‘Docbuster’ an advertising dream: Ian Soutar talks pomegranate juice and product placement with documentary-maker Morgan Spurlock and reviews the latest films...

Morgan Spurlock' Pom Wonderful Presents: The Greatest Movie Ever Sold

Morgan Spurlock' Pom Wonderful Presents: The Greatest Movie Ever Sold

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This is a bonus from calling his latest film, Pom Wonderful Presents: The Greatest Movie Ever Sold, which will be the opening night film at this year’s Sheffield Doc/Fest next month.

It is a characteristically funny exposure of the world of product placement, marketing and advertising through making a film entirely financed by precisely those means.

Among various brands who backed the film, POM Wonderful 100% Pomegranate Juice pledged $1m to the film which earned them “above the title” billing.

Spurlock’s cheerful acceptance of crates of freebies points up the director’s ambivalent attitude to the commercialism of movie-making which he is exposing.

“It’s how things have to be,” he says. “I’m a realist. If I am going to make a movie that takes place in a contemporary time there are going to be people driving Mustangs, wearing Nike sneakers and Levi jeans. How irrational it would be to deny their presence. It doesn’t mean the guy in the Mustang drives up and says what a great car it is. There is a much more subtle way of dealing with all these things.”

And that, he says, is transparency. “The idea was to do the same type of advertising, giveaways and cross-promotion for a documentary that big summer blockbusters do, to create a ‘docbuster,’ and to try to retain total creative control along the away.”

As seen with his previous documentary hit, Super-Size Me, Spurlock’s humour and irreverent style is to the fore in unmasking the marketing process as the camera follows him behind closed doors into pitch meetings and marketing presentations.

The majority of his original list of 600 potential products showed him the door but he ended up with 15 main backers who chipped in $1m up front to make the film in exchange for promising to show himself drinking POM juice, wearing Merrell shoes, staying only in Hyatt hotels and flying with JetBlue, and so on.

Were the companies aware they were being sent up? “I think it makes them look savvy for taking the chance to be part of the film,” he says. “It makes them look smart and ahead of the curve and in on the joke,” suggests Spurlock. “Will they benefit from that? It remains to be seen.”

The director mentions that during the time they were filming Pom were sued by the Federal Trade Commission for making false health claims. The film-makers found themselves in something of a dilemma but it turned out to be a complicated issue unrelated to the point of their movie. “We decided if we put all that in the film it would be confusing and it was better to knock it out but talk about it afterwards.”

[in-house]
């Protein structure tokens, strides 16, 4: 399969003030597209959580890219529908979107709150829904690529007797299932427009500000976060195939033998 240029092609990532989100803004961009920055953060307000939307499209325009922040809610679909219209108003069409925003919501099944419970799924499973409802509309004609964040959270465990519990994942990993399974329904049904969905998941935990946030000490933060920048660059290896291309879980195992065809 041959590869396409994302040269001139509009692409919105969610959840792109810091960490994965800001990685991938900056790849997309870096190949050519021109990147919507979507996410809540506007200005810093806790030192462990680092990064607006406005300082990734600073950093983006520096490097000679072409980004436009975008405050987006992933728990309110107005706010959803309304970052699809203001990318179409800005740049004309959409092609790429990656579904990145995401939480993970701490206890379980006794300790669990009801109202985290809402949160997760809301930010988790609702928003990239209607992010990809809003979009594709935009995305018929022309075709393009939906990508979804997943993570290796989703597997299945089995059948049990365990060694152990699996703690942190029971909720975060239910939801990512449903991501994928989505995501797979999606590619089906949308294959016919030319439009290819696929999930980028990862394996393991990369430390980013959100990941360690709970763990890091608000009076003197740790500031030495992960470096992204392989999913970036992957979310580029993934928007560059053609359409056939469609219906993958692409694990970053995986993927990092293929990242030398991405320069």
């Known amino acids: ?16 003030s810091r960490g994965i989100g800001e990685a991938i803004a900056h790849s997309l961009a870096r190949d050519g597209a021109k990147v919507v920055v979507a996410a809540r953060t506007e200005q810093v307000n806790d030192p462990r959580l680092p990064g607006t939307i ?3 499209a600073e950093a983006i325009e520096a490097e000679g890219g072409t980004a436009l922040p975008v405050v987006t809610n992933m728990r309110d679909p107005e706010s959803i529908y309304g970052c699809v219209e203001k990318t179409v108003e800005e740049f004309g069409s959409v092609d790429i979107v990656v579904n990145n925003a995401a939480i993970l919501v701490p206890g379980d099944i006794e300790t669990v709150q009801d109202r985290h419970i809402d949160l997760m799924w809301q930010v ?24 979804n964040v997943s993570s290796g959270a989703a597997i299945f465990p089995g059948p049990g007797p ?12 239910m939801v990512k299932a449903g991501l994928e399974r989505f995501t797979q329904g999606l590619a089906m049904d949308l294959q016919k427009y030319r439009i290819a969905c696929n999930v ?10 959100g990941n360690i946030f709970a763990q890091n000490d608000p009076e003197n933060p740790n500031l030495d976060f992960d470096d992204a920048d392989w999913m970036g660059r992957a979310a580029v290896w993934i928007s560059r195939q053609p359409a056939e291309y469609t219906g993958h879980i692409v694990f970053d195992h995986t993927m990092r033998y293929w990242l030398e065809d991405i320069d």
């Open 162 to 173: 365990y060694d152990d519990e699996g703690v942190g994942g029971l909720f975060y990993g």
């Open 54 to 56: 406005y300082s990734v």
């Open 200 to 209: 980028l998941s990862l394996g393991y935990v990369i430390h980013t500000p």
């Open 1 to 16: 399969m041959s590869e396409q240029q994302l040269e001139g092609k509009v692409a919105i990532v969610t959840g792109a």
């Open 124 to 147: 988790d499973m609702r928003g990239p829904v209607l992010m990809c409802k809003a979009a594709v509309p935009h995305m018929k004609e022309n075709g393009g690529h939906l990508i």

So who has he upset most, the advertising or the movie business? “The film so far has done well doing a bit of both,” he laughs. “The reaction has been fantastic both critically and with audiences. It’s expanding out to cinemas in the US and will be released in the UK in August and September.”

Before then he returns to Sheffield Doc/Fest where he previously showed Super-Size Me. In addition to the opening night European premiere on June 8, the American will give a masterclass offering an in-depth discussion of his work.

Spurlock is currently in post-production on his next feature film, Comic-Con Episode Four: A Fan’s Hope, a documentary about the iconic San Diego convention, a very different kind of film. “I’m not in one frame of the movie,” he says. “It’s a real labour of love.”

Meanwhile he must continue talking about The Greatest Movie Ever Sold “I tell people if you really want to make a movie you need to like it because you will be married to it for years. You need to love what you are talking about. It’s like having a child.”

lFor the first time Sheffield Doc/Fest will be holding an outdoor screenings event, taking place on Devonshire Green on the afternoon and evening of Saturday, June 11.

It will open with a screening of Werner Herzog’s 2007 exploration of the Antarctic, Encounters at the End of the World, and then legendary documentary filmmaker Albert Maysles will be in Sheffield to introduce his cult film, Grey Gardens, at 3pm. A short film collection will be shown from 5pm, and the event will end with the latest release from Werner Herzog, Cave of Forgotten Dreams, starting at 7pm.

Hussain Currimbhoy, Sheffield Doc/Fest film programmer, says: “For Doc/Fest’s first summer outdoor screenings we put on some classics of documentary that everyone will enjoy. The environment in Sheffield’s city centre is always alive and buzzing. What better way to get into that than with some great classic docs!”